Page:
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RIGGED: Google bans all ads on Ireland abortion referendum

10 May 2018

 
A joint statement from the No campaign

"Clearly there is fear in establishment Ireland that this referendum will be defeated."

Google has suspended all online adverts relating to Ireland's referendum on repealing the Eighth Amendment and introducing abortion.

"Following our update around election integrity efforts globally, we have decided to pause all ads related to the Irish referendum on the Eighth Amendment," a Google spokesperson said.

This unprecedented move applies to adverts on YouTube, and follows the decision by Facebook to ban foreign-funded adverts in the campaign

Scandalous attempt to rig the referendum

In a joint statement from Save The 8th, Pro Life Campaign and The Iona Institute, the NO side said: "This decision by Google is not about "concerns about the integrity of elections." It is about concerns that the "No" side might win.

"This campaign has been marked by attacks on every form of legitimate campaigning the NO side has taken part in, and a complete absence of scrutiny for the YES side," the statement continued. "Despite all of that, the polls have narrowed, and clearly there is fear in establishment Ireland that this referendum will be defeated. That explains the massive pressure exerted on Google, Facebook, and other platforms to deny advertising space to the NO campaign. It is scandalous, and it is an attempt to rig the referendum."

Clearly favours repeal side

As the Irish Times explains, this could have major implications for the No side, "which had planned an intensification of an already heavy online advertising campaign in the closing weeks of the campaign before polling day on May 25th."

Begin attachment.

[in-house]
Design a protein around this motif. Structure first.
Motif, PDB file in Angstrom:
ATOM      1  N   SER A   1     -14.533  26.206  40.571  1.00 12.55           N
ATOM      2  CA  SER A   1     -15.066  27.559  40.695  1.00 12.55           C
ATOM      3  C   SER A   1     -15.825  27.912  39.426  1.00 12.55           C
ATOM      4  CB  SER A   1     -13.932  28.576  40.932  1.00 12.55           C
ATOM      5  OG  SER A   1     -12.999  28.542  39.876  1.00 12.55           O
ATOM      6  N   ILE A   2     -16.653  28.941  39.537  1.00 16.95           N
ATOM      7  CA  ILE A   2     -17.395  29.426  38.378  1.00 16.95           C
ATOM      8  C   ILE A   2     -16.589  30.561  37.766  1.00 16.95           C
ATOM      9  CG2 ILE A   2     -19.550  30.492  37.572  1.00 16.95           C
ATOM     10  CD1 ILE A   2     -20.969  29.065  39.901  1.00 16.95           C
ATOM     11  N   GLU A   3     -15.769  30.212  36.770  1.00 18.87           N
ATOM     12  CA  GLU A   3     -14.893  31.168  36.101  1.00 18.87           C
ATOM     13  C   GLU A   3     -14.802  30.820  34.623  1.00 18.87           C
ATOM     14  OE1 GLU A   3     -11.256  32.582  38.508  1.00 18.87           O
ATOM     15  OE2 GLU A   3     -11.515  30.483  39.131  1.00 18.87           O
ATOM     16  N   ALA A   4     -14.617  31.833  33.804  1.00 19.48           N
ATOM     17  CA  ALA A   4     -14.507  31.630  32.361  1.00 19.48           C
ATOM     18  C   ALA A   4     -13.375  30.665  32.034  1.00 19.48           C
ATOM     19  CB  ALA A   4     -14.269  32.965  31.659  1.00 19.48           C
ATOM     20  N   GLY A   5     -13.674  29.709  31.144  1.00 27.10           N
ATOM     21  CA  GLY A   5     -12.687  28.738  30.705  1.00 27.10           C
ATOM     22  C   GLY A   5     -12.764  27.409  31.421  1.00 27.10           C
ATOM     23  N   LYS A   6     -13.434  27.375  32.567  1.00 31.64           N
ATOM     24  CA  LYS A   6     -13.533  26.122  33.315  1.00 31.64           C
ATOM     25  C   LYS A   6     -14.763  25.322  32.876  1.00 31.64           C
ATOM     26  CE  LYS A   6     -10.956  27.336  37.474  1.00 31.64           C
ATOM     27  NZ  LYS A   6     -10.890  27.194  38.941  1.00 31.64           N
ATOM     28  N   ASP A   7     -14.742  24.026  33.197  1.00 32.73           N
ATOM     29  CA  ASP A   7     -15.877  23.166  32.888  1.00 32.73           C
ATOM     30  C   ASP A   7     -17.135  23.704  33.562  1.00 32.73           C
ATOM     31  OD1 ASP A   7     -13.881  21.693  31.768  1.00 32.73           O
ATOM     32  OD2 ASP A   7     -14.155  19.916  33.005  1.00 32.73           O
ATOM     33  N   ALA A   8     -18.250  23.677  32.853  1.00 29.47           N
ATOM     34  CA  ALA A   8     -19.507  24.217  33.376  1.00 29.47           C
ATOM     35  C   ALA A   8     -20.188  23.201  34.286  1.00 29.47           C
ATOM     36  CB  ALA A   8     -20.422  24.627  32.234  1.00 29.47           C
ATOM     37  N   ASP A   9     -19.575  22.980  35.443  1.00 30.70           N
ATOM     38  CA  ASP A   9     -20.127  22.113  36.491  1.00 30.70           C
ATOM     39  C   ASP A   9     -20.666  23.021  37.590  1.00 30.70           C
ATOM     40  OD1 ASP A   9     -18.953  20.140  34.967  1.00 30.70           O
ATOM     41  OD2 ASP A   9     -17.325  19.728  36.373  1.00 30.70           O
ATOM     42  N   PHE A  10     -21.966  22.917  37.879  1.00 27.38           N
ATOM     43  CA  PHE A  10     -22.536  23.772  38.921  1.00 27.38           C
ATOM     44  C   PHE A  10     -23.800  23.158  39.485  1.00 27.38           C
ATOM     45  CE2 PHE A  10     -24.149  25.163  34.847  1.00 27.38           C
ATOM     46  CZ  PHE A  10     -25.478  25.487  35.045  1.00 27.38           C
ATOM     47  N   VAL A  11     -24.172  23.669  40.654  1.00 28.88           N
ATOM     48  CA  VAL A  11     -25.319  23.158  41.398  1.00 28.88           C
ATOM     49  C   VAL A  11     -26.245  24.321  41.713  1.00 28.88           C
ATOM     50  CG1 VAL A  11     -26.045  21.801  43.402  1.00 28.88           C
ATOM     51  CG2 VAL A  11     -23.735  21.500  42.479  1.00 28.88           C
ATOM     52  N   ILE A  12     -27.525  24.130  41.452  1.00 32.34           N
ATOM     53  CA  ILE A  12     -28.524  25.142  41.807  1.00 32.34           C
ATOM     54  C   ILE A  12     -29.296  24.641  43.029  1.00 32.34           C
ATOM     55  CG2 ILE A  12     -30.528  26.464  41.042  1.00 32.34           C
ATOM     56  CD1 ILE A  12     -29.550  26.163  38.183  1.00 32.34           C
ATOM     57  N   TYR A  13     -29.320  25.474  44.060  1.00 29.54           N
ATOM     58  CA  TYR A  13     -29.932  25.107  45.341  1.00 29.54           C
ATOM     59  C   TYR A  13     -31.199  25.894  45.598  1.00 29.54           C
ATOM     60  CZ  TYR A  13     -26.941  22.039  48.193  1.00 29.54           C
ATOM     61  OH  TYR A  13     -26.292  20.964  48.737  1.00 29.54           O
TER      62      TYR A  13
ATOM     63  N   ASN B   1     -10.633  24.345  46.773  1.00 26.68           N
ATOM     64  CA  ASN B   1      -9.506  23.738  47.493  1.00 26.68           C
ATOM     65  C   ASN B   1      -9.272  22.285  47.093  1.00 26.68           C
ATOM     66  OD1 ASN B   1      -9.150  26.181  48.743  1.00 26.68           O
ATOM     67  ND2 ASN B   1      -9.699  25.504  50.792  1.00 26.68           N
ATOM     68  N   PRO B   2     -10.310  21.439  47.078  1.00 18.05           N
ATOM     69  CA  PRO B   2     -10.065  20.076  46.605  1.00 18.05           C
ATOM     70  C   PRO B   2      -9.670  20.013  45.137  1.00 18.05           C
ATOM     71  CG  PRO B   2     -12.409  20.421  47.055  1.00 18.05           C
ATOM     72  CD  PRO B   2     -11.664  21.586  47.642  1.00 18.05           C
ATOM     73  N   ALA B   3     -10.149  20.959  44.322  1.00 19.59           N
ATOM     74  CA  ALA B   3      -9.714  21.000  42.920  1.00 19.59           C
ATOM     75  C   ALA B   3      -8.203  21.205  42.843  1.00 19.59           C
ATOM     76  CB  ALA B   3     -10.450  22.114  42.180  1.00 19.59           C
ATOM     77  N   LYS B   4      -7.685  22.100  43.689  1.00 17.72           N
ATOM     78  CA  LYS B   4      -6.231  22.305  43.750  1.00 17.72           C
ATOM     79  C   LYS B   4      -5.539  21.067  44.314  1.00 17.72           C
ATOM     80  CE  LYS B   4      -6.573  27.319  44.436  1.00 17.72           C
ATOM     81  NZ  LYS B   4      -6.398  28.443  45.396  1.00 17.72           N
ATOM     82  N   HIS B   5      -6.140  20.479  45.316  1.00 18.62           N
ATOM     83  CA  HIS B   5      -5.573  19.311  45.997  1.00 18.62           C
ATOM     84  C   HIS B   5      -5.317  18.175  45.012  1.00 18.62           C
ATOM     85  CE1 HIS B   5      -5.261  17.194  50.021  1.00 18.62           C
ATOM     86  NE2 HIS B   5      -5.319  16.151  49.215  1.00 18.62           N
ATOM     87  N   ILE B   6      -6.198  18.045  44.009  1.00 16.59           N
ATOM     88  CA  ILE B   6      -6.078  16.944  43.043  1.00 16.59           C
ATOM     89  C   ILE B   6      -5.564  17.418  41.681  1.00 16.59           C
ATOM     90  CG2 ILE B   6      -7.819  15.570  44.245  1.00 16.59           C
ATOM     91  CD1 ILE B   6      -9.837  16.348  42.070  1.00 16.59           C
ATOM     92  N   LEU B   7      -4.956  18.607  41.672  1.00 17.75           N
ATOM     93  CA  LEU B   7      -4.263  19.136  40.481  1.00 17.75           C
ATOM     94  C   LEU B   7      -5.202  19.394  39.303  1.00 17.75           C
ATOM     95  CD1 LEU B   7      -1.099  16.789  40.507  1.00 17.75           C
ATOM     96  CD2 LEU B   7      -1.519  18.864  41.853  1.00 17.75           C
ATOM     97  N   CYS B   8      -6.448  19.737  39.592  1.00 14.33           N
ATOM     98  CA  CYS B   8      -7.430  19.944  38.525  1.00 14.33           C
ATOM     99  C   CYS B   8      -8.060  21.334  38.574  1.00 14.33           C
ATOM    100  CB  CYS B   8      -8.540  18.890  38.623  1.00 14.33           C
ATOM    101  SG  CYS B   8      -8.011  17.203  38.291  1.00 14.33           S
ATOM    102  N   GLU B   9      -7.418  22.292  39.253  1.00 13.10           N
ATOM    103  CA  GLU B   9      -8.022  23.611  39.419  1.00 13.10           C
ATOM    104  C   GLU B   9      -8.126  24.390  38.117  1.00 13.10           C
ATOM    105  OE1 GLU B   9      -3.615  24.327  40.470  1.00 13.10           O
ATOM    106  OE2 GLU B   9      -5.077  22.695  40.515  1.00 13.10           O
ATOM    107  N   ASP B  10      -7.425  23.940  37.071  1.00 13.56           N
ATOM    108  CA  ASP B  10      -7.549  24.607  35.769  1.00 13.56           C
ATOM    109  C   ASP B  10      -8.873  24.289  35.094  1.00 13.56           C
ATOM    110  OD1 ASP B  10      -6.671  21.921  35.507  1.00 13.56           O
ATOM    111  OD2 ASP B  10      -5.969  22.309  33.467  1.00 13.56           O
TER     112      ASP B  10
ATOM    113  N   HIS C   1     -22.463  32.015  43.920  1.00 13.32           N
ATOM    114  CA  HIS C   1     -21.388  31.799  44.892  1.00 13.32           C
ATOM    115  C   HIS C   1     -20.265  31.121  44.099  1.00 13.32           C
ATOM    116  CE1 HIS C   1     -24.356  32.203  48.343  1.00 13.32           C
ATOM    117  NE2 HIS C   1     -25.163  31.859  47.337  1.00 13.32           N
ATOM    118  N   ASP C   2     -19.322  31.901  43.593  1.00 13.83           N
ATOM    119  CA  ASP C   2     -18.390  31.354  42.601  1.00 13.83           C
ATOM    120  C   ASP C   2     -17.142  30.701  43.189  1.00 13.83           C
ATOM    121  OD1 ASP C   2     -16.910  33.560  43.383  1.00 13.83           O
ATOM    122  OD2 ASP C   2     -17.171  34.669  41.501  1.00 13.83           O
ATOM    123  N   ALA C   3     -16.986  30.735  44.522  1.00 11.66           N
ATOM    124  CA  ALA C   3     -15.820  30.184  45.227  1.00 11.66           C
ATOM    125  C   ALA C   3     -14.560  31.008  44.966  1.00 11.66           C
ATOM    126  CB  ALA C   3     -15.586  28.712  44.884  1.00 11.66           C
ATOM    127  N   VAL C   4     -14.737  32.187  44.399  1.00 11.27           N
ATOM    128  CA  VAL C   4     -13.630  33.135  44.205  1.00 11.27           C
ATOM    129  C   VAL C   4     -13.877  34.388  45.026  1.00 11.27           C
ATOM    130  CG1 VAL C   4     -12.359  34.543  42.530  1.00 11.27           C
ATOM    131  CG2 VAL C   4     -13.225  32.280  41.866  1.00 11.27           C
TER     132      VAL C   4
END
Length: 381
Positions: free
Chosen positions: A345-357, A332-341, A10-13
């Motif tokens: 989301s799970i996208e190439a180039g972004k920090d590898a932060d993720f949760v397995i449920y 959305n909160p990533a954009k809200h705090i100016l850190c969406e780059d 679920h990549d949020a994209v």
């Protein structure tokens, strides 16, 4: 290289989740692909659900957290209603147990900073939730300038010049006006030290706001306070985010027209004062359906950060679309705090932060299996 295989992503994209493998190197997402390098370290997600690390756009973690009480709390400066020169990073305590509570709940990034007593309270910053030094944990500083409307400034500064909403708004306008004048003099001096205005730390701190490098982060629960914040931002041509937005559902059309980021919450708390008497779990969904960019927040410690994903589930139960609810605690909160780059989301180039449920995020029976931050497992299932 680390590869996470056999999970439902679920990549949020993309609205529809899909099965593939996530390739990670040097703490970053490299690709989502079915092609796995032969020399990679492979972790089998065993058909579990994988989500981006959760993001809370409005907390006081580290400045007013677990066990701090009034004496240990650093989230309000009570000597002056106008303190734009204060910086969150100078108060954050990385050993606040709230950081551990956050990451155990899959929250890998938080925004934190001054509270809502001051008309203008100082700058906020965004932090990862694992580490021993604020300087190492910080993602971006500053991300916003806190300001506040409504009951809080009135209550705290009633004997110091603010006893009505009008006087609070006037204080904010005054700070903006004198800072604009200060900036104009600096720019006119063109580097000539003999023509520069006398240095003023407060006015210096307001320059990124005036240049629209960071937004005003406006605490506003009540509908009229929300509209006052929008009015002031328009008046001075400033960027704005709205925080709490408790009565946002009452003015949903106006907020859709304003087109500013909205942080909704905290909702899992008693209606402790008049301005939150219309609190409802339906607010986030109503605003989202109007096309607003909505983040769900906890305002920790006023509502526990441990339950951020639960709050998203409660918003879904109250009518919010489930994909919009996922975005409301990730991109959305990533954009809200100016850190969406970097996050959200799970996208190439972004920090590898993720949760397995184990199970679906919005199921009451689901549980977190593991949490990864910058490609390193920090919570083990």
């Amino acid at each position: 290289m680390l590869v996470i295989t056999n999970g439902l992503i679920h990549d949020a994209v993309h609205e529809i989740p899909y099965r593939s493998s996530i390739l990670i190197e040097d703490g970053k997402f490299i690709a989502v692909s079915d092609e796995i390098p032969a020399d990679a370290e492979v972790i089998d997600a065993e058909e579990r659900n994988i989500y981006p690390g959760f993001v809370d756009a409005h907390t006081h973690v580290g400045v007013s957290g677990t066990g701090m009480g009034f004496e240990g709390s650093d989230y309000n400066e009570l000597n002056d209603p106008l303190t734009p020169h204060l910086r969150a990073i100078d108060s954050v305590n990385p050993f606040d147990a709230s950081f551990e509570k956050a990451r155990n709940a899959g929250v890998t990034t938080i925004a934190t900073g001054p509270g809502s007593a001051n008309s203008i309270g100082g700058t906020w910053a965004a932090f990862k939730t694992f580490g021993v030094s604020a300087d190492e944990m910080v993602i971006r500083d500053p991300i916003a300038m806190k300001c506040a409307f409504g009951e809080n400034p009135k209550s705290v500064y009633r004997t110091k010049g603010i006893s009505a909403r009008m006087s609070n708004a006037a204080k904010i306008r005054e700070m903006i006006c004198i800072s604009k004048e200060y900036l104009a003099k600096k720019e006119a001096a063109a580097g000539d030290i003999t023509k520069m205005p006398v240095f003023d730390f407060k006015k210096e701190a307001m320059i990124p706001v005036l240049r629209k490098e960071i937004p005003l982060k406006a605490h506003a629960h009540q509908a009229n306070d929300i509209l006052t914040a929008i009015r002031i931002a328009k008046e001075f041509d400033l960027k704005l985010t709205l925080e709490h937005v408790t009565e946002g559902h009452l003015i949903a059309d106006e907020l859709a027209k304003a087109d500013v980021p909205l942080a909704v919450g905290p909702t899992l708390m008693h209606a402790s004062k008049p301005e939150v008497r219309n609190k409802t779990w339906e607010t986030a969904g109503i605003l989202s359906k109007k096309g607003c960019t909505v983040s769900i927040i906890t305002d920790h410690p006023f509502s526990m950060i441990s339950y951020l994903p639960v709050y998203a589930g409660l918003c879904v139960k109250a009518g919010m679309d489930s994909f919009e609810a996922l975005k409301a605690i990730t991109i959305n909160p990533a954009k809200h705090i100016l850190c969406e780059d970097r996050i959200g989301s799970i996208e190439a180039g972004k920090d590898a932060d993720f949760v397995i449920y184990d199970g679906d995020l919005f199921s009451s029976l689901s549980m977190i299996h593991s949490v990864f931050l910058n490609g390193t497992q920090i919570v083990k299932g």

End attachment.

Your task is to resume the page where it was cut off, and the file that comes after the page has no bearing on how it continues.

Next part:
Even the Irish Times, which generally has a pro-abortion slant, seems to view the development with suspicion. "If you wanted further evidence of whom the Google move favours, look no further than the reaction of Yes campaigners and supporters, who wholeheartedly welcomed and applauded the decision. The reasons for the decision, however, remain a mystery. Google declined to supply any rationale, or to answer a series of detailed questions from The Irish Times."

Fearing blame in the case of defeat

Anonymous sources told the newspaper that they "believe that Google and Facebook became fearful in the past week that if the referendum was defeated, they would be the subject of an avalanche of blame and further scrutiny of their role in election campaigns." 

Ailbhe Smyth, the co-director of the main campaign for repealing the Eighth and legalizing abortion, praised the decision by Google, saying that it "creates a level playing field between all sides, specifically in relation to YouTube and Google searches." However, as the Retain side has pointed out, with the media and political establishment campaigning for repeal, "online was the only platform available to the NO campaign to speak to voters directly. That platform is now being undermined in order to prevent the public from hearing the message of one side."

 

   

Key role of Church

John Deighan, CEO of SPUC Scotland, said that this act of suppression by Google cannot be ignored, and the Church in particular, which has a key role to stand for freedom and strengthen civic society, should respond.

"In a society where political and media elites have routinely suppressed pro-life news whilst making every effort to advance libertarian pro-abortion views, the internet has at least provided a forum where the small voice in favour of the right to life for all has been able to make it self heard," he said. "In so doing it has been effective such that as the message has spread the polls have shown a steady progress in the pro-life view ahead of the referendum. When every main political party, every newspaper, radio and television station in Ireland has been on the pro-abortion side, the latest move represents a desperate measure to suppress the voice of justice that would protect the unborn, on which the Church cannot remain silent."

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